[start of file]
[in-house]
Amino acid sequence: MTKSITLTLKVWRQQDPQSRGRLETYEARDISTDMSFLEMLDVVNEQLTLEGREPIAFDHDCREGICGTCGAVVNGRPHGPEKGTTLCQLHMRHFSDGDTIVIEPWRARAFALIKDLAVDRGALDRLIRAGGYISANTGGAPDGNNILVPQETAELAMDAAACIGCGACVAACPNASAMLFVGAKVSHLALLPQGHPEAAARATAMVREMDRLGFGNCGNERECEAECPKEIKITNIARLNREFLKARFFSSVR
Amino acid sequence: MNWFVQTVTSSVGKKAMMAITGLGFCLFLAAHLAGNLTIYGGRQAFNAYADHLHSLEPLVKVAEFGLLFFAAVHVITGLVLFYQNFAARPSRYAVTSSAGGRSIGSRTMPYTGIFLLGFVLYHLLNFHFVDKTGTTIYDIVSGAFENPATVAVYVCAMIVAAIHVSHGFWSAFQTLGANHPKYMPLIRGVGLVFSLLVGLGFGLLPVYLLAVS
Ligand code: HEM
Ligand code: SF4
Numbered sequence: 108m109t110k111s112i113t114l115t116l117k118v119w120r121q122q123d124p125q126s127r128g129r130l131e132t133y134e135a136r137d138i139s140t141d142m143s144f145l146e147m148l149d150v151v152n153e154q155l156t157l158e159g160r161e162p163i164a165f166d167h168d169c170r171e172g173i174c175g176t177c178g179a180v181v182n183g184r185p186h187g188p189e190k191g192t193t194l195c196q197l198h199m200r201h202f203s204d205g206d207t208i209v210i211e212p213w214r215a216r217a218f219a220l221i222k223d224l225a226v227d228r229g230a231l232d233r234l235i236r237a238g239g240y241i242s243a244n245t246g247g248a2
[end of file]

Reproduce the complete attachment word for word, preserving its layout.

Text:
[in-house]
Amino acid sequence: MTKSITLTLKVWRQQDPQSRGRLETYEARDISTDMSFLEMLDVVNEQLTLEGREPIAFDHDCREGICGTCGAVVNGRPHGPEKGTTLCQLHMRHFSDGDTIVIEPWRARAFALIKDLAVDRGALDRLIRAGGYISANTGGAPDGNNILVPQETAELAMDAAACIGCGACVAACPNASAMLFVGAKVSHLALLPQGHPEAAARATAMVREMDRLGFGNCGNERECEAECPKEIKITNIARLNREFLKARFFSSVR
Amino acid sequence: MNWFVQTVTSSVGKKAMMAITGLGFCLFLAAHLAGNLTIYGGRQAFNAYADHLHSLEPLVKVAEFGLLFFAAVHVITGLVLFYQNFAARPSRYAVTSSAGGRSIGSRTMPYTGIFLLGFVLYHLLNFHFVDKTGTTIYDIVSGAFENPATVAVYVCAMIVAAIHVSHGFWSAFQTLGANHPKYMPLIRGVGLVFSLLVGLGFGLLPVYLLAVS
Ligand code: HEM
Ligand code: SF4
Numbered sequence: 108m109t110k111s112i113t114l115t116l117k118v119w120r121q122q123d124p125q126s127r128g129r130l131e132t133y134e135a136r137d138i139s140t141d142m143s144f145l146e147m148l149d150v151v152n153e154q155l156t157l158e159g160r161e162p163i164a165f166d167h168d169c170r171e172g173i174c175g176t177c178g179a180v181v182n183g184r185p186h187g188p189e190k191g192t193t194l195c196q197l198h199m200r201h202f203s204d205g206d207t208i209v210i211e212p213w214r215a216r217a218f219a220l221i222k223d224l225a226v227d228r229g230a231l232d233r234l235i236r237a238g239g240y241i242s243a244n245t246g247g248a2